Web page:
CHURCH OF ST PETROX
- Heritage Category:
- Listed Building
- List Entry Number:
- Date first listed:
- Statutory Address:
- CHURCH OF ST PETROX
The above map is for quick reference purposes only and may not be to scale. For a copy of the full scale map, please see the attached PDF - 1297086.pdf
The PDF will be generated from our live systems and may take a few minutes to download depending on how busy our servers are. We apologise for this delay.
This copy shows the entry on 25-Jan-2021 at 20:19:26.
- Statutory Address:
- CHURCH OF ST PETROX
The building or site itself may lie within the boundary of more than one authority.
- South Hams (District Authority)
- National Grid Reference:
- SX 88657 50310
SX8850 DARTMOUTH CASTLE 673-1/7/7 Church of St Petrox 14/09/49
Parish church. Probably late C12 origins (Norman font), rebuilt and enlarged in 1641 (date plaque). Local limestone and slatestone rubble, mostly roughcast but exposed on west end and tower; freestone detail; slate roof with crested ridge tiles. PLAN: Uninterrupted nave and chancel with full-length north and south aisles, west tower, and small lean-to heated vestry against west end of the south aisle. EXTERIOR: Vaguely Perpendicular in style. Tower of 2 stages with low offset buttresses, stair tower projecting from south side to embattled parapet, arch-headed belfry windows and tiny lancets to the ringing floor, 4-light west window and blocked Tudor-arch doorway in the north side. Main doorway in west end of north aisle, another Tudor-arch doorway under a very weathered plaque from which only the 41 of the 1641 date is legible. Panelled door, like those on the south side, appears to be C19 but reusing older ferramenta. Window above has plain mullions from a repair (another similar at east end of south aisle). North side has 2 raking buttresses and a window each end, and south side has 3 windows to right of the vestry; all arch-headed mullioned-and-transomed 3-light without hoodmoulds, with Tudor arch-headed lights. Larger 4-light version at east end of north aisle. East window of chancel has intersecting tracery. INTERIOR: Uninterrupted nave and chancel. 4-bay arcades to aisles on octagonal piers with plain moulded capitals. Plain plastered barrel-vaulted ceilings. Tall plain tower arch and large beams to the ringing floor. Tower walls of exposed stone, the rest are plastered. Tower floor is an attractive chequer pattern of red, black and cream tiles. Rest of the church has a stone flag floor including good graveslabs and brasses at chancel end (see memorials). FITTINGS: C20 altar table and communion rail. Good C17 oak pulpit - octagonal with panelled sides and dated 1641. Plain C19 pine benches. West end of south aisle screened off by a partition made up from pieces of C17 panelling, enriched with guilloche, strapwork, cherubs, leafy scrolls, etc: these fragments are probably from the C17 gallery (dismantled in 1885) as are the panelled sections of the gallery frontal with similar ornament set in the tower and now used to commemorate those parishioners who died in both World Wars. Good Norman red sandstone font - circular stem and bowl with frieze of palmette decoration. Painted arms of Charles II from 1660 on south wall. North wall has painted boards recording charitable bequests; the largest dated 1677, others from 1823 and 1841. An arcade of round-headed boards at west end of the south aisle from former reredos has taller outer boards painted with the Lords Prayer and the Creed with biblical quotations between. MEMORIALS: two C18 funeral hatchments of the Holdsworth family. Floor includes good collection of mostly C17 and C18 ledger stones, many of them for members of the Newman and Holdsworth families. A row of 3 good brasses to right of the altar - best one in memory of John Roope (died 1609), others to Dorothy Rous (died 1617) and Barbara Plumleigh (died 1610). Best, if somewhat worn, mural monument is reset at east end of south aisle, to Edward Roope (died 1683) - oval plaque with bayleaf frame, pulvinated frieze on Corinthian columns over carved console brackets. Each aisle has a similar small, delicately carved and pedimented plaque, one to Nicholas Roope (died 1625), the other to Margaret Plumleigh (died 1638). GLASS: All late C19 and early C20 dates, but probably including earlier glass. Mostly plain patterns of leaded glass with coats of arms but stained glass from 1927 in east window. The church forms part of an important group of listed buildings at the mouth of the Dart estuary. The church probably originated as a light positioned at the harbour entrance. Scheduled Ancient Monument. (Russell, Percy: The Story of St Petrox Church - church guide).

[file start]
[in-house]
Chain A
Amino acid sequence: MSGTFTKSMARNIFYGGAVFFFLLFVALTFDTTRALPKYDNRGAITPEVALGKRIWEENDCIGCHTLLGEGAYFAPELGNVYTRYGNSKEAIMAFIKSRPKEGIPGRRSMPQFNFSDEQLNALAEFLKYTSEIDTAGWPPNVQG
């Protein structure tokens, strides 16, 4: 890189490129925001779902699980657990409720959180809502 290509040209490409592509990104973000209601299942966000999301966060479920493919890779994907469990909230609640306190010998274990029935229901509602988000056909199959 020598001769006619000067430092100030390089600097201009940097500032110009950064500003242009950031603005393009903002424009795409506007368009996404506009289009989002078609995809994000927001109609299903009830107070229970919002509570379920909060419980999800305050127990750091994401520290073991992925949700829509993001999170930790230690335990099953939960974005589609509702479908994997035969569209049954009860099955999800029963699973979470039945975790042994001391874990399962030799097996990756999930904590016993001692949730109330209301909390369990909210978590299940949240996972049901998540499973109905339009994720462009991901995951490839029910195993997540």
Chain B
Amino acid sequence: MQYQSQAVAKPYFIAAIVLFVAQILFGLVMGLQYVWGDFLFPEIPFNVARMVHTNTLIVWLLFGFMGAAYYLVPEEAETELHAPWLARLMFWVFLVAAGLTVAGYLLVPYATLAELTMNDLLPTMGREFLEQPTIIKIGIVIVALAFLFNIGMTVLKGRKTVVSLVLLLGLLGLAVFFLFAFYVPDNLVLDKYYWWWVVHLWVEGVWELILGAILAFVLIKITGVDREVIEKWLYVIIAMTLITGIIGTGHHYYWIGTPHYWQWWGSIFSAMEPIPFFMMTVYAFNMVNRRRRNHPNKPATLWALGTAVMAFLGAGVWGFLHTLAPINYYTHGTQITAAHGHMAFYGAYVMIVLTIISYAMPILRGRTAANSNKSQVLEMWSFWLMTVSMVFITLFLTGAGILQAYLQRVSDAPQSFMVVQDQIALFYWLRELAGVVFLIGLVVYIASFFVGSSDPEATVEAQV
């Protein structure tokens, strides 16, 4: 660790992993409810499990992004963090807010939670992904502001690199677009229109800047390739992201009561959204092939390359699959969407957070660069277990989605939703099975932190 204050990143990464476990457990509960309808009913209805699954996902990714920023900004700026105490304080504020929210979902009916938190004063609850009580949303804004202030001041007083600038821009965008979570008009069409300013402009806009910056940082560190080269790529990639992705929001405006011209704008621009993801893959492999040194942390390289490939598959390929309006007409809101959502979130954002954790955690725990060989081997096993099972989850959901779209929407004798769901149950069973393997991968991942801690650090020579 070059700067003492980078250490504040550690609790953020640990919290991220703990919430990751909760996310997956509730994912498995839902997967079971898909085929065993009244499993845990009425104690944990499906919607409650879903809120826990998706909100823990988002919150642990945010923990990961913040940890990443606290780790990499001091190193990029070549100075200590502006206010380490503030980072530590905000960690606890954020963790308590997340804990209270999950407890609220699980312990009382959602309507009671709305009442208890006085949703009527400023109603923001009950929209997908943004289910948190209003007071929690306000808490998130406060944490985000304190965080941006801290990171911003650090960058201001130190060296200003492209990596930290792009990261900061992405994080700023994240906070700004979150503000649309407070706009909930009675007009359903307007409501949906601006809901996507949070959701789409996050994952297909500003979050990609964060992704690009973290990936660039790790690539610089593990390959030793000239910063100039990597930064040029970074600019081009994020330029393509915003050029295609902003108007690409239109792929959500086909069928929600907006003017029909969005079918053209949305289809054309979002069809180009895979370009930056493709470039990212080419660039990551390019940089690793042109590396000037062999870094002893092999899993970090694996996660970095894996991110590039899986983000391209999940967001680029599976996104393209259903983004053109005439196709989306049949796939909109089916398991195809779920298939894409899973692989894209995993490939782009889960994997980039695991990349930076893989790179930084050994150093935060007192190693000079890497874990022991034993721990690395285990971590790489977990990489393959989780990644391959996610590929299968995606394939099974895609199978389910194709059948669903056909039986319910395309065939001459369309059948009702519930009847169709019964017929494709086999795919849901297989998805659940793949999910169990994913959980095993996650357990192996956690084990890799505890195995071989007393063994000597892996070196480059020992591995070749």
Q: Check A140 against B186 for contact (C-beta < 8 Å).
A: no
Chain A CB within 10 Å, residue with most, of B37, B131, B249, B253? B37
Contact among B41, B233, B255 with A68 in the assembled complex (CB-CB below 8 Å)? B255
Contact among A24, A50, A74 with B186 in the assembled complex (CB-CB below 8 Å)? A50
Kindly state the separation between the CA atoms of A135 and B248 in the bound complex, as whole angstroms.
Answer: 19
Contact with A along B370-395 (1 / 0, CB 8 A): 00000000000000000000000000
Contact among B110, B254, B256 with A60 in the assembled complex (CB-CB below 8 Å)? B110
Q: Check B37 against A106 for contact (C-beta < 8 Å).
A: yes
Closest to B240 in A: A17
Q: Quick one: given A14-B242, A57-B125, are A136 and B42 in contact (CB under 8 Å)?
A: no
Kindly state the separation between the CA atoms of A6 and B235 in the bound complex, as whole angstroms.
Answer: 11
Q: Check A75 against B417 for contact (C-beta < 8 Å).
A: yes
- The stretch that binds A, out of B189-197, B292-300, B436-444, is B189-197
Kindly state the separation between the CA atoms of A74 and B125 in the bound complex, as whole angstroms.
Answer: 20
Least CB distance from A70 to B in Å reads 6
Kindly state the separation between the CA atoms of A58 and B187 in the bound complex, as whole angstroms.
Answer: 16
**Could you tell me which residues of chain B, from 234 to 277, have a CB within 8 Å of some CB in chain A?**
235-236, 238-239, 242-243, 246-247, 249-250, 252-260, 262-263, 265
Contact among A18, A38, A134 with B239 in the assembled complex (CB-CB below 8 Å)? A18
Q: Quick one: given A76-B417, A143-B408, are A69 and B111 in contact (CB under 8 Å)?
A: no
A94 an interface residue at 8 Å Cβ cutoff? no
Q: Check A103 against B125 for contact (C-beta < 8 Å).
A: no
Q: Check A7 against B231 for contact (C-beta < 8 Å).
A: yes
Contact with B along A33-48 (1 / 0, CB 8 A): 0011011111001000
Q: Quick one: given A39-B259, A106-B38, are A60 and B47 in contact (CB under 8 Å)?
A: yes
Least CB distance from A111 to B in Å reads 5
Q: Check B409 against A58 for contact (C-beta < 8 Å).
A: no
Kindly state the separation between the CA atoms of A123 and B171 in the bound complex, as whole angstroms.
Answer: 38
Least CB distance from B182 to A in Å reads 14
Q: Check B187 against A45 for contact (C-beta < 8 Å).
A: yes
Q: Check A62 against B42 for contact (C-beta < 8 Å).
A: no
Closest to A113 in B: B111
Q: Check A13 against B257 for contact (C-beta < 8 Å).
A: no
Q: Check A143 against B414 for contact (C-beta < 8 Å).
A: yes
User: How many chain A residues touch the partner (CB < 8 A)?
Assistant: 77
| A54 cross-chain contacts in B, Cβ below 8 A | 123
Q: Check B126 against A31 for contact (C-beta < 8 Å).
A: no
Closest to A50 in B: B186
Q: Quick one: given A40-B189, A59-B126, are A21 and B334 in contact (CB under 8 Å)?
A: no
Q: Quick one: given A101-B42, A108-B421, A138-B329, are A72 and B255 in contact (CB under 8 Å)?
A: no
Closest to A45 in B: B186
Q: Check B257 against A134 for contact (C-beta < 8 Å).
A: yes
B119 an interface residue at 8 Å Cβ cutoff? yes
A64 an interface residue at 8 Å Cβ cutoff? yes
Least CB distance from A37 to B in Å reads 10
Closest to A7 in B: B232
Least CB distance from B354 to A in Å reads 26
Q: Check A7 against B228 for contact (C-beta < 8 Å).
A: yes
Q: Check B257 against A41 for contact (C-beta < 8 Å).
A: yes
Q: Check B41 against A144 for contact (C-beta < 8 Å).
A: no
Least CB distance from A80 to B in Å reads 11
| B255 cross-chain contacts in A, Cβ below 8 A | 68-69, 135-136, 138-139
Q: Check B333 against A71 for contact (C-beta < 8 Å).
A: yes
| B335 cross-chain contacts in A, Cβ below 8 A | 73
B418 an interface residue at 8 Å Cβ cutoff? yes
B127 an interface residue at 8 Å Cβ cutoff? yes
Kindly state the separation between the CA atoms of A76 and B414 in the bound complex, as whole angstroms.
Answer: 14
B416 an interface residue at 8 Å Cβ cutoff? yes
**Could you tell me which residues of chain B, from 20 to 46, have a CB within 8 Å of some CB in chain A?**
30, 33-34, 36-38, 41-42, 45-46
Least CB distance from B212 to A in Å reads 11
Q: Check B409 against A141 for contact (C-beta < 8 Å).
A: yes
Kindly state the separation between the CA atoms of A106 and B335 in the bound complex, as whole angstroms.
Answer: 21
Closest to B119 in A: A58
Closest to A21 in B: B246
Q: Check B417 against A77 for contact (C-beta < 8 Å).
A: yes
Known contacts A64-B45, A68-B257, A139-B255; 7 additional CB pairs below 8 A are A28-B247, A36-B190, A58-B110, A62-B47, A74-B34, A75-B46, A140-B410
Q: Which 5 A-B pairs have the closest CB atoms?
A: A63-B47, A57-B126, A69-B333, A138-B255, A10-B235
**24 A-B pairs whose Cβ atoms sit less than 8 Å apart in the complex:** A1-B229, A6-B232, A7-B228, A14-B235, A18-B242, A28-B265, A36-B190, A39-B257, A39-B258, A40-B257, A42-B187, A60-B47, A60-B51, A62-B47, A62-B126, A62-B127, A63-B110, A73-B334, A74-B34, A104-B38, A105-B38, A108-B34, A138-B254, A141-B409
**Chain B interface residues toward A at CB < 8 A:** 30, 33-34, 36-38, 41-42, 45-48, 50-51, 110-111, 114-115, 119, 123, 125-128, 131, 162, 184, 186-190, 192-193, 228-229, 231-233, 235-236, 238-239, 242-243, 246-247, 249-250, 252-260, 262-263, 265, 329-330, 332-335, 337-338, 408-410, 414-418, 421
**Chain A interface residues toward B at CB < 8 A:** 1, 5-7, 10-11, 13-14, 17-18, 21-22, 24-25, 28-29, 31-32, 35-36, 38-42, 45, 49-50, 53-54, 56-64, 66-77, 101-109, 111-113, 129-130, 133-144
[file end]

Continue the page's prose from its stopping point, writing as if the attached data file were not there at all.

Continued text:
Listing NGR: SX8865150320
The contents of this record have been generated from a legacy data system.
- Legacy System number:
- Legacy System:
Books and journals
Russell, P, The Story of St Petrox Church
This building is listed under the Planning (Listed Buildings and Conservation Areas) Act 1990 as amended for its special architectural or historic interest.
End of official listing